Stathis Lagoudakis is a Greek born artist who lives and works in London and Athens.
His work in public and private collections include: Selfridges, the Goodwood Estate, Ziggurart offices in London, The American College in Athens, Franfurt Alter Opera and a large sight specific light installation at the lobby of the Club Hotel next to St Paul’s Cathedral.
After his BA (hons) in painting from Central School of Art & Design, he was awarded the School of the Art Institute of Chicago “Edward L.Ryerson travelling fellowship, obtaining an MFA in photography and video.
Parallel to his art practice, he has been involved in interior design, installations and running Leighton Space, an independent art and performance space.
He has been a lecturer for the past two decades in Art & Design at Foundation and Graduate level.
With his back to the wall
Stathis’ art centers on a paradox. The works themselves and the way they are exhibited bring to mind traditional forms of representation, with paintings hung on the walls, but in fact they question the very boundaries between painting, sculpture and architecture, establishing an altogether different sense of balance.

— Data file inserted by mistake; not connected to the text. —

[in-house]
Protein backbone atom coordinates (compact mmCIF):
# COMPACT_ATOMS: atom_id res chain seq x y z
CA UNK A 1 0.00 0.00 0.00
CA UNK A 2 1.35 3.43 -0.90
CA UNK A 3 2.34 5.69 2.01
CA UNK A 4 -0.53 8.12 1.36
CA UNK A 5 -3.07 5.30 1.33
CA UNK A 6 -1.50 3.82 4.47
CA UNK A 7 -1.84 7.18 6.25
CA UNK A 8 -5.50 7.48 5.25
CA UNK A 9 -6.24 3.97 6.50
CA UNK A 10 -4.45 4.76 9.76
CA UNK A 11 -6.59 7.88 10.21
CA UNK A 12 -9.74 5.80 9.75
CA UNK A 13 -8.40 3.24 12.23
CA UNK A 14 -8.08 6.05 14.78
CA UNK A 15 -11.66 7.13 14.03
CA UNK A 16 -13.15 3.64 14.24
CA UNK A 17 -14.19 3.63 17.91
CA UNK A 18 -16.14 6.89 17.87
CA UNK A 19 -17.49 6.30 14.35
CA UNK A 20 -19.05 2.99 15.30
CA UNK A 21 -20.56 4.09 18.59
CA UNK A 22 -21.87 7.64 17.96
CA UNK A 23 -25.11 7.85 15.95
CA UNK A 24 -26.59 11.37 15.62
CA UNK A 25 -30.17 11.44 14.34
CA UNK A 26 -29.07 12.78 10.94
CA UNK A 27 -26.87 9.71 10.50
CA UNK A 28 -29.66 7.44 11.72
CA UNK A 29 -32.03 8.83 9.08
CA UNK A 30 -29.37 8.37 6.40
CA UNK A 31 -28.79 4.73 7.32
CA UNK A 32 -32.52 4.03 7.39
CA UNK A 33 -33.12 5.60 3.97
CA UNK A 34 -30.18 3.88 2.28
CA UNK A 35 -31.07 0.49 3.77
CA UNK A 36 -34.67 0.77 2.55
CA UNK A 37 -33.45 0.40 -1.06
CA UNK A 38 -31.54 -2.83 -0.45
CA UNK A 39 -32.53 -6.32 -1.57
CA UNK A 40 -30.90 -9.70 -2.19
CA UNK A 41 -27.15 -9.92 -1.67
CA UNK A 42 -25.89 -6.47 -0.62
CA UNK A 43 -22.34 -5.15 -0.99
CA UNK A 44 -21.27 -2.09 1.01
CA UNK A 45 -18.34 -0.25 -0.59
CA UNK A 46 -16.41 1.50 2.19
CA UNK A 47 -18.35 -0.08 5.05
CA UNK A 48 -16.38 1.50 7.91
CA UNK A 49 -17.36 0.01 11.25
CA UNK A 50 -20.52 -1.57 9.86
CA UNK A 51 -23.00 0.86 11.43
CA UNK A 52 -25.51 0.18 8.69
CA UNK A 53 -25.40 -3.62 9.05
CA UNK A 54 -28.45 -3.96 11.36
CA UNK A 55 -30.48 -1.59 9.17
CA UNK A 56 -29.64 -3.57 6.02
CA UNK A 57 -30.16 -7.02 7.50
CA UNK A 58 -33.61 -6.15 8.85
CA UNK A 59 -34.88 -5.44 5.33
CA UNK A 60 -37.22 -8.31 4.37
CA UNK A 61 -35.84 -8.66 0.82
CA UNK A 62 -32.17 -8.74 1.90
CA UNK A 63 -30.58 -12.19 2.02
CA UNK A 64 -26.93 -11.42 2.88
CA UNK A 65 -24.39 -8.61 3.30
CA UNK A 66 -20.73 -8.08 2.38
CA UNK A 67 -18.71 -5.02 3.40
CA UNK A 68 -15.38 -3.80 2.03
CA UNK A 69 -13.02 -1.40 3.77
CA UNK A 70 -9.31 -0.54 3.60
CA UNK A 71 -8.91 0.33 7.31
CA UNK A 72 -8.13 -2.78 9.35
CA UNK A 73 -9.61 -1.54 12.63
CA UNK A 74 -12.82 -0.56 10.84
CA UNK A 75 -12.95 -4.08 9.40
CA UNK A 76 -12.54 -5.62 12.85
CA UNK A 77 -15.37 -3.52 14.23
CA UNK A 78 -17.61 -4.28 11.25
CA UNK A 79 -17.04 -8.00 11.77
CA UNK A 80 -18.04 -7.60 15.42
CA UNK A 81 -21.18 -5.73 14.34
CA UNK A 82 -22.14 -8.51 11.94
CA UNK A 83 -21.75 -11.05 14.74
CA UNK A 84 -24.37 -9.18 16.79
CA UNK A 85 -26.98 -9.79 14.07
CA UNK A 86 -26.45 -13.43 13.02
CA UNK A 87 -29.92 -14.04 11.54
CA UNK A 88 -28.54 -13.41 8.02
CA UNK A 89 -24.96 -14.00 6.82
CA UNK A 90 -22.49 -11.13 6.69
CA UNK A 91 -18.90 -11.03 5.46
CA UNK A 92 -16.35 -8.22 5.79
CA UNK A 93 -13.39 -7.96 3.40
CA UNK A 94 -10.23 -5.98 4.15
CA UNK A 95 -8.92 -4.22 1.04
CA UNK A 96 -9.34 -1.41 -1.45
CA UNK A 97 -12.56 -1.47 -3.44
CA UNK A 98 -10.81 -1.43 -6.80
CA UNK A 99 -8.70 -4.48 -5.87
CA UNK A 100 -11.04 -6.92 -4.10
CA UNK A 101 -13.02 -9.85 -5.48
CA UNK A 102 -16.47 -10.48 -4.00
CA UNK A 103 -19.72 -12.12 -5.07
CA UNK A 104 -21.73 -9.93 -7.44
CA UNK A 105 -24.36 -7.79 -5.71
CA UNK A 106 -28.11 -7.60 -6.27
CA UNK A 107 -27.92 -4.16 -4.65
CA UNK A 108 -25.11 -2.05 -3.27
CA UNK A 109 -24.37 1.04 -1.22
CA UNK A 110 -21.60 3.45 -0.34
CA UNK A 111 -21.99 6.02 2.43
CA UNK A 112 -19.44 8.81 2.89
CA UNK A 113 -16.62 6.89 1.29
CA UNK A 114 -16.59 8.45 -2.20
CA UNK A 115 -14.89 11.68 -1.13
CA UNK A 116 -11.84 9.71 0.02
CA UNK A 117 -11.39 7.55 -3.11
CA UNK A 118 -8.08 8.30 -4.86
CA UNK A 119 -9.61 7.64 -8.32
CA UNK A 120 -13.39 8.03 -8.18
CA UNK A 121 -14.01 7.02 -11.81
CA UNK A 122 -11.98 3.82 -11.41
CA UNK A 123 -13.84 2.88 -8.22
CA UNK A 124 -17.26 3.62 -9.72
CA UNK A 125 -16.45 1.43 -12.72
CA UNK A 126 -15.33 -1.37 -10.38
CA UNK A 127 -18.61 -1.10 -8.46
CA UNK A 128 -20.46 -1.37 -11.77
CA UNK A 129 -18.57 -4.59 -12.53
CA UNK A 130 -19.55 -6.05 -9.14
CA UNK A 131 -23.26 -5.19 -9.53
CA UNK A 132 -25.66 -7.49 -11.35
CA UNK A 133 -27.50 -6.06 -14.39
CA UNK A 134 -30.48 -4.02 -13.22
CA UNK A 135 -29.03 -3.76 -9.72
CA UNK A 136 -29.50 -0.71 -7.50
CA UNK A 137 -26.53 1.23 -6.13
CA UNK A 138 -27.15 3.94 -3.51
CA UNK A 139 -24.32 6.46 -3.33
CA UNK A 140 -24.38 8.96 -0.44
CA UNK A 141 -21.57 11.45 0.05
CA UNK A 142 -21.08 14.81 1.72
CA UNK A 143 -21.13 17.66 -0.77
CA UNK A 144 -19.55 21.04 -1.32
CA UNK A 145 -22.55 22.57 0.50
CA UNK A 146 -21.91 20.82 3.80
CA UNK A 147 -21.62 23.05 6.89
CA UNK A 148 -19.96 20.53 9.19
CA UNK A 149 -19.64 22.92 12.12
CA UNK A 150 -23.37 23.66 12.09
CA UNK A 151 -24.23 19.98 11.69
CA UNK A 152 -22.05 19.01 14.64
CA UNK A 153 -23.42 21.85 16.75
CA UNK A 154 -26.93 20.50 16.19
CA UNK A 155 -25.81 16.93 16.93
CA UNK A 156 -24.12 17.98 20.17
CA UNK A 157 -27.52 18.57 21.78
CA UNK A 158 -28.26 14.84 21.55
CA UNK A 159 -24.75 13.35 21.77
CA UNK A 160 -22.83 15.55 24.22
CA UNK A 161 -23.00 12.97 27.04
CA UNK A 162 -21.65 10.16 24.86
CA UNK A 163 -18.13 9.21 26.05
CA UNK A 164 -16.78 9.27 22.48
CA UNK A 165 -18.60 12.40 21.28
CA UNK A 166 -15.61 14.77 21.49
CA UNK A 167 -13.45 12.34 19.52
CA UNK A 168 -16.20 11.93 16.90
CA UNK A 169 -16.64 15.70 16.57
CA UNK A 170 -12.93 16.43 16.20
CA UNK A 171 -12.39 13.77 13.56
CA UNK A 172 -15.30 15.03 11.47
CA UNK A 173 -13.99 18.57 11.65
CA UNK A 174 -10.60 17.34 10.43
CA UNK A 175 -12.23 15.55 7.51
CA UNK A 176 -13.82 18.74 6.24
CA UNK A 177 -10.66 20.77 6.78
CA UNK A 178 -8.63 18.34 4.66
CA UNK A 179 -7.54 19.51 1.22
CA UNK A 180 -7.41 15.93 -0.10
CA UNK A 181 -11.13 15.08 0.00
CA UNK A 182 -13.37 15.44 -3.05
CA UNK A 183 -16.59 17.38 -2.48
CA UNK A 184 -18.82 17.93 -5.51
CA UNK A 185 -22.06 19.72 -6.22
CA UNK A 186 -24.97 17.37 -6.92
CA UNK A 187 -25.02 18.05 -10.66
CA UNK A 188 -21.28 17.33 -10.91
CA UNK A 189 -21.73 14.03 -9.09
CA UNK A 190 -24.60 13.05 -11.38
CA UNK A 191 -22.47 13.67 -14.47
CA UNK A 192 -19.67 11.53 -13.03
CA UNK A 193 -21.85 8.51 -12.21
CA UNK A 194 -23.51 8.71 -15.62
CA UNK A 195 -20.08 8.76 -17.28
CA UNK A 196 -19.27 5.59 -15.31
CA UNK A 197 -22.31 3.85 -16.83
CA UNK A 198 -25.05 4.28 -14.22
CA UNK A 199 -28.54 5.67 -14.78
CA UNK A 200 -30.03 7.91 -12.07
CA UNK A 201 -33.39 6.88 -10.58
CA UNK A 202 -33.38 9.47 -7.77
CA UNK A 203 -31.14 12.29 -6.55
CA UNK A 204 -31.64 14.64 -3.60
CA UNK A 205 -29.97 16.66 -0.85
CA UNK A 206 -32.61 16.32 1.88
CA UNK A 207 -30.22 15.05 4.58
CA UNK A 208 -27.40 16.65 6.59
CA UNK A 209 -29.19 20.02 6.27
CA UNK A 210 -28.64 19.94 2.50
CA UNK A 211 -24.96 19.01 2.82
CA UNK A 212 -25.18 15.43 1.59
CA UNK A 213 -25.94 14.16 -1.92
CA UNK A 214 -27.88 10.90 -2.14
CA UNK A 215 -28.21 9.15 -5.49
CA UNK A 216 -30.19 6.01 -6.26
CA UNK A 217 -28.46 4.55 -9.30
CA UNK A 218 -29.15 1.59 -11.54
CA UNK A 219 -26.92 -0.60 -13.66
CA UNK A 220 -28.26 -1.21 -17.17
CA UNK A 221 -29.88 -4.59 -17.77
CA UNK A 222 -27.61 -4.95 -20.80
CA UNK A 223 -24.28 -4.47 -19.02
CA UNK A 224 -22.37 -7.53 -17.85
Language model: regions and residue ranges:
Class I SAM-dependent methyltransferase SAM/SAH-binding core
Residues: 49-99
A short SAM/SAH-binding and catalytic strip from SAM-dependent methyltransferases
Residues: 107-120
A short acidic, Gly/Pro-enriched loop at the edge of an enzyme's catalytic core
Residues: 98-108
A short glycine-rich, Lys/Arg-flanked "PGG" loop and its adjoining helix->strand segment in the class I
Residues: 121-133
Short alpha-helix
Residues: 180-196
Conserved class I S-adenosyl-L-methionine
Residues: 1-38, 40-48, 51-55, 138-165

The paradox lies in the way that the three-dimensional objects he creates give the impression of two-dimensional images. In other words, the three-dimensional objects, which one would expect to find in a place where visitors can easily view them all round, are actually hung on the wall like two-dimensional images, with an emphasis nonetheless on their three-dimensional features. This approach undermines the rigid distinction between sculpture and traditional painting.
This paradoxical placing of three-dimensional objects on the wall, which features in almost all of Stathis’ work, creates a sense of mystery that compels one’s gaze and body to look for the “rear” view and “hidden” dimension of his work. This creates a unique kind of dance as the works “move about” in the space, making the visitors in turn move around with their bodies. Taking part in this dance seems to be a prerequisite for understanding his art.
The way that Stathis creates his art has an Eastern-like precision and a graceful sense of violence, The forces that come into play to materialize the works (by tearing, twisting and shaking them) seem to echo Eastern martial arts, while the techniques and materials he uses bring to mind delicate kites and elegant musical instruments.
Underlying all these characteristics is a fully controlled sense of movement whose energy permeates the space in its entirety.
Architect. Associate Professor NTUA